Back then Shillinger and other legal onlookers predicted that the PSC would agree that it had authority to mandate a power grid on public lands and private easements, but would stop short of agreeing that it could override a local building code regulation.
The prohibition against extension of electrical service to No Name Key affects 14 other areas in Monroe County where CBRS designations exist, but the PSC wasn’t asked to look at those cases.
To address both the regulation issue and the other areas where the ordinance might affect the extension of public utilities, the Monroe Board of County Commissioners is expected to discuss embarking on the necessary process to change the county land use code and remove the prohibition.
That decision is reportedly based on a consultant’s report received last week that generally states that the county’s land use policies are strong enough in other areas to offset the loss of the utility prohibition and control future development in environmentally sensitive areas that are part of federal CBRS units.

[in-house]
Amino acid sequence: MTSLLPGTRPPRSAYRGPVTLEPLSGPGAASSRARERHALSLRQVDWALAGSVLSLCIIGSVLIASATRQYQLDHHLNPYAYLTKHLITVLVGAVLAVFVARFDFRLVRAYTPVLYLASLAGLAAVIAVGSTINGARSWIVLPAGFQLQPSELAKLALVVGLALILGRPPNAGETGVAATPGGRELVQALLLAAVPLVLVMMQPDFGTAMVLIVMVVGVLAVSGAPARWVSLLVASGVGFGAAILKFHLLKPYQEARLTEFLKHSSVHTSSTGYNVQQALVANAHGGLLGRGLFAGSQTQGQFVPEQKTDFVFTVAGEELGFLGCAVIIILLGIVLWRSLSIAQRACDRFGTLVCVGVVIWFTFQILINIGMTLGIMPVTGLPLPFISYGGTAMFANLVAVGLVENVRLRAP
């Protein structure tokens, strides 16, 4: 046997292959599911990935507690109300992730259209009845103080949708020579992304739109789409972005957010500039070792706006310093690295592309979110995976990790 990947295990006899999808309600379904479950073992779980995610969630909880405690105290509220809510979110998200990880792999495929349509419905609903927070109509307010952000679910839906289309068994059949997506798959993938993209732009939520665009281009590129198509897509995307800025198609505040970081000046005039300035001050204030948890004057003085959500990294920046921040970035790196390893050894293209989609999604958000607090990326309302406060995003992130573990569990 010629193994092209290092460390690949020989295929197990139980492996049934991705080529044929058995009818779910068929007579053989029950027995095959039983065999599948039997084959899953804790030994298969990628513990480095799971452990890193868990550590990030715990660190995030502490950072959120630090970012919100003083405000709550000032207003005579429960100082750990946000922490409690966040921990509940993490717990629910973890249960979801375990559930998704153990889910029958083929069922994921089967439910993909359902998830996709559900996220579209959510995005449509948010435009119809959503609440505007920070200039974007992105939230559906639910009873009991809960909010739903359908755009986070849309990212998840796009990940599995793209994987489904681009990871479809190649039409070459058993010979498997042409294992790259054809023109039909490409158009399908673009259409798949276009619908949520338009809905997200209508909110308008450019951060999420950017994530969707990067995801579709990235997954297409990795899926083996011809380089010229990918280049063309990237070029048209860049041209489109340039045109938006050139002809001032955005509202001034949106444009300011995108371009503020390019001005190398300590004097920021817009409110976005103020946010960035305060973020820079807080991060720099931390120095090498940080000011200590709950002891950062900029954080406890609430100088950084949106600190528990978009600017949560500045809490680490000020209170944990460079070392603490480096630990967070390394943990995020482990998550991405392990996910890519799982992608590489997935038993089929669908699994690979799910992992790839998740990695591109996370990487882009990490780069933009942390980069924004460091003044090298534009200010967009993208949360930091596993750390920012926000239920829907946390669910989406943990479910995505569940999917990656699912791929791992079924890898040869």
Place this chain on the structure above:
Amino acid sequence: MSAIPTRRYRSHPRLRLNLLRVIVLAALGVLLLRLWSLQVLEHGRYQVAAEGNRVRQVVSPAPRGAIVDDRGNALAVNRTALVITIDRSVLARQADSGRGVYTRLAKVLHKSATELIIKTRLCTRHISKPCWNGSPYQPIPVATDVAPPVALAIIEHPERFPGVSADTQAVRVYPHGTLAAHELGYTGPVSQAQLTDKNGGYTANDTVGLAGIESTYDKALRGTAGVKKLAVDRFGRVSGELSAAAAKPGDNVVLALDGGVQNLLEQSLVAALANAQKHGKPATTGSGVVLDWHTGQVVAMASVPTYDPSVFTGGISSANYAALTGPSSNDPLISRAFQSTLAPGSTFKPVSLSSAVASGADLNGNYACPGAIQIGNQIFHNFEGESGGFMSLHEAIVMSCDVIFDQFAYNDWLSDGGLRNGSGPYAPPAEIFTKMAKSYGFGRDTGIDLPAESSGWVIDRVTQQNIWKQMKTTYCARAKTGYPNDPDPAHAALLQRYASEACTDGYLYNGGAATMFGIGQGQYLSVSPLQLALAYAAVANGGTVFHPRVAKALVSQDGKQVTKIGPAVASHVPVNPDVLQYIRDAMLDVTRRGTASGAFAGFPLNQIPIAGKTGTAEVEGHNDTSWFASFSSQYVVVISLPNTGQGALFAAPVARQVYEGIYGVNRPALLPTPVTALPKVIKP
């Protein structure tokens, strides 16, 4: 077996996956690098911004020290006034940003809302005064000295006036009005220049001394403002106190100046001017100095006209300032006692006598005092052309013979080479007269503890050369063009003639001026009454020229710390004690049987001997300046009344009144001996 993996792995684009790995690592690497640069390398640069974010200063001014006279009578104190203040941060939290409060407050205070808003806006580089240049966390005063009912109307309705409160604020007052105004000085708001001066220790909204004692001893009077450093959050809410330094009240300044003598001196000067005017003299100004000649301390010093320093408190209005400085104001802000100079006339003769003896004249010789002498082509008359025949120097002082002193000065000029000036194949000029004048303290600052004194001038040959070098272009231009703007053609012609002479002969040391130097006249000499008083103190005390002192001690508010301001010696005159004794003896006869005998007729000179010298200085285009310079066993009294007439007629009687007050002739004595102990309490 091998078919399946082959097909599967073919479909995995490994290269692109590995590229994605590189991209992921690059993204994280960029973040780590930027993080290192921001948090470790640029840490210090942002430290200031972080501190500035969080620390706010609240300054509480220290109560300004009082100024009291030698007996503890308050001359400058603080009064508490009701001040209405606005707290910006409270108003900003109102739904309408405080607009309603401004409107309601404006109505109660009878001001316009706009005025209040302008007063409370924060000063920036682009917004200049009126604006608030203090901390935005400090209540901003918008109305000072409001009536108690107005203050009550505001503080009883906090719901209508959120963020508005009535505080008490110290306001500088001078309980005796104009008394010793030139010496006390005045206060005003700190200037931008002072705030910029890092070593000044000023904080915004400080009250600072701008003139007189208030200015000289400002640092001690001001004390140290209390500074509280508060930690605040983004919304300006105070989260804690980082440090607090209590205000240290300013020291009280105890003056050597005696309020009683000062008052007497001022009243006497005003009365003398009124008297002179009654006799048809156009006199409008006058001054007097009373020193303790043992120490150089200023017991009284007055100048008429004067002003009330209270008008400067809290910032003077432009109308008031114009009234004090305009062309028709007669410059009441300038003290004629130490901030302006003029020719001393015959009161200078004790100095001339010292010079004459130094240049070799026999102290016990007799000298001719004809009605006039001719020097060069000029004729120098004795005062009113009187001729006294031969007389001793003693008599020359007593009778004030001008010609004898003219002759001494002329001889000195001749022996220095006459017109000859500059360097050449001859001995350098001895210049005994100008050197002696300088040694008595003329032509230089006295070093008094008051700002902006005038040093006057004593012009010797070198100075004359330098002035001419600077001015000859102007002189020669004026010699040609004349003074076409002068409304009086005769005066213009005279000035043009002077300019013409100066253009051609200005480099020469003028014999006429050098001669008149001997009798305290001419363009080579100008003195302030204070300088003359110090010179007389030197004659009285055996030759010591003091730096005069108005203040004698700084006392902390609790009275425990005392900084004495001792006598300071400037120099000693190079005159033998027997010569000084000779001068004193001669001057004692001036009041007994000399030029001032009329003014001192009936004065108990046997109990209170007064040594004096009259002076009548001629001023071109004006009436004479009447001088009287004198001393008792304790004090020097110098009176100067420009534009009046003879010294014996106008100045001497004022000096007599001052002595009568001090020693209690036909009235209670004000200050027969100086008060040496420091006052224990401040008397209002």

The consultant report also points out that under the terms of the Big Pine/No Name Key Habitat Conservation Plan and resulting Incidental Take Permit for endangered species on the two islands, there is only enough room under the cap for Tier One lands, which includes all of No Name Key, for one more building allocation. Six of the Tier One permits on Big Pine Key have already gone to No Name Key, and with one more, the county would have to deny any building allocations in any other Tier One area on Big Pine Key or No Name Key until the HCP is either renegotiated with USFWS or expires in 2023.
But the HCP/ITP combination would not limit some commercial growth on No Name Key where commercial zoning or industrial zoning already exists. That limiting factor thus far has been the lack of public power.
Should the BOCC decide to begin the process of changing the land use prohibition on No Name Key and the other CBRS areas for public utilities, it is estimated that with no appeals, the building department could begin to issue permits in February 2014. With appeals along the way, the first permits to hook to the grid could be more than a year away.